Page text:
Sensibility is Often Regained When Breasts are Reconstructed with Autologous Tissue, Study Shows

OncologyONCOLOGY Vol 11 No 4
Volume 11
Issue 4

Spontaneous return of sensibility to the breast often occurs following reconstruction with autologous tissue, according to a study published in the February issue of Plastic and Reconstructive Surgery.

Spontaneous return of sensibility to the breast often occurs followingreconstruction with autologous tissue, according to a study published inthe February issue of Plastic and Reconstructive Surgery.

"The spontaneous restoration of sensibility adds so much to thepatient's sense of normality," said lead author of the study, WilliamW. Shaw, MD, who is professor and chairman, Division of Plastic and ReconstructiveSurgery, UCLA School of Medicine. "After coping with a mastectomy,a patient needs to feel that the reconstructed breast is really part ofher body."

The retrospective study included 29 postmastectomy patients who underwenta total of 33 breast reconstructions. The women ranged in age from 36 to73 years and had undergone reconstruction 7 to 96 months prior to the study.Patients were tested for a variety of sensibilities, including touch pressure,pain, heat or cold, and high- and low-frequency vibration. Each of thetests was performed on the peripheral and central portions of the breast,as well as the nipple and areola. The patients also responded to a questionnairerating their attitude toward the reconstructed breasts.

All but one patient experienced some restoration of spontaneous sensibilityin the reconstructed breast: Sensitivity to touch pressure was evidentin 97% of patients; to pain in 88%; to heat and cold in 64% and 82%, respectively;and to high- and low-frequency vibration in 100%. The study showed thatsensitivity begins to return within the first year after reconstructionand is even better after 3 years, suggesting that sensitivity continuesto improve.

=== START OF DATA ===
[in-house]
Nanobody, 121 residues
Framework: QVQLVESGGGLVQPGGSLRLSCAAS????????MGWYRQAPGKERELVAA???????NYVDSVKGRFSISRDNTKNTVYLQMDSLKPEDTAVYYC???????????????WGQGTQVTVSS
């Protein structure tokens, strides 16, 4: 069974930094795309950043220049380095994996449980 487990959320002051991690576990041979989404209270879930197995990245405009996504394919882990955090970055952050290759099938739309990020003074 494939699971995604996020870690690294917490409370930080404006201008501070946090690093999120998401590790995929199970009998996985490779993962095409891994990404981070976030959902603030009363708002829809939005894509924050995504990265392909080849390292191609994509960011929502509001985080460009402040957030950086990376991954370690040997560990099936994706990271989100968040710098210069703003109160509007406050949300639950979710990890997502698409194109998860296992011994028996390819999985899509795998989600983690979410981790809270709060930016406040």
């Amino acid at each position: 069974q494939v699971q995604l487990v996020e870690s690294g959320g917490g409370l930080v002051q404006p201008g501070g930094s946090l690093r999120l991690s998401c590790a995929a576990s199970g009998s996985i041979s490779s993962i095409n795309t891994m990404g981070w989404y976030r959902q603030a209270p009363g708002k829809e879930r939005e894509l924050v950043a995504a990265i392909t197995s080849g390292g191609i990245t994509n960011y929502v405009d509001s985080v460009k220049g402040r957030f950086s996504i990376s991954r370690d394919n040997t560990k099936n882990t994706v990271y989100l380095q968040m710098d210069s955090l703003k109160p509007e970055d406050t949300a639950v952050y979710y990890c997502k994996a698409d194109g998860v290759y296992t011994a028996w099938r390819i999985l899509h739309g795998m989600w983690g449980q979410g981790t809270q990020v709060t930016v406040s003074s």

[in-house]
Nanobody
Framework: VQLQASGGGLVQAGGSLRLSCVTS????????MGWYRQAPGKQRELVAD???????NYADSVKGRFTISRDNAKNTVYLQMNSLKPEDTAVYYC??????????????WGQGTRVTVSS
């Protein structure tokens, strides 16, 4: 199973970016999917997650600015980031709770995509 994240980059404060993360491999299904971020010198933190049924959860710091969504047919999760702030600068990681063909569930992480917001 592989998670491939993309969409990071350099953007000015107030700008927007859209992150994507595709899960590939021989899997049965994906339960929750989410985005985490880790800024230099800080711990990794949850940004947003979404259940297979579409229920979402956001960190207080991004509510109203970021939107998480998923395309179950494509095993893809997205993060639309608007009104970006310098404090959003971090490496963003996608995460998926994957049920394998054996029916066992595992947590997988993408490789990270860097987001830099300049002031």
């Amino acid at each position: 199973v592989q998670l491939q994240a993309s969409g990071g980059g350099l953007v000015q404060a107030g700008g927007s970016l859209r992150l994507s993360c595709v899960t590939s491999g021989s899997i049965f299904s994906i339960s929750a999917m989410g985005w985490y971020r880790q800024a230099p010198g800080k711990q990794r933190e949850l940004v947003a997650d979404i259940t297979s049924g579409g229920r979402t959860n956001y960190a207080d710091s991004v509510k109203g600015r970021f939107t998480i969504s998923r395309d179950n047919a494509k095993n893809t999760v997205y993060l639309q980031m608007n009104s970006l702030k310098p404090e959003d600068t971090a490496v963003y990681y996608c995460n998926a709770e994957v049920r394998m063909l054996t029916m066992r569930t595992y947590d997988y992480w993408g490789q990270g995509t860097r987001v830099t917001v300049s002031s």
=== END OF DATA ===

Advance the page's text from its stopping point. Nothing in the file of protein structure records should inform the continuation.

Level of Sensibility Appears to Depend on Reinnervation

The level of sensibility may depend on the reinnervation of the reconstructedbreast. This mechanism was not the subject of this study, but it is speculatedthat the concentration of nerves and sensory receptors within the autologoustissue may determine the level of reinnervation. Reinnervation may be deterredby the condition of the patient's chest wall, including the presence ofscars or tissue damaged by radiation treatments.

When a person is unable to feel sensations in a part of the body, likethe hand or foot, the limb feels foreign, not like a part of the normalbody. In addition, there is a danger of injury if the person cannot feelpain, heat, or cold. The same principles apply for women who have a reconstructedbreast, according to Dr. Shaw.

"The sensibility helps a woman incorporate this new reconstructioninto her own body image," said Dr. Shaw. "Knowing that restorationcan often achieve this level of sensibility, that we can go beyond formalone, we can use this information to help our patients assess the variousoptions available after a mastectomy."

The importance of this sensibility to patients was suggested by theirquestionnaire responses, which indicate a uniformly high rate of satisfaction.While no statistical correlation can be drawn from this subjective rating,it may be assumed that the high incidence and quality of sensibility wasone of the reasons for patient satisfaction.

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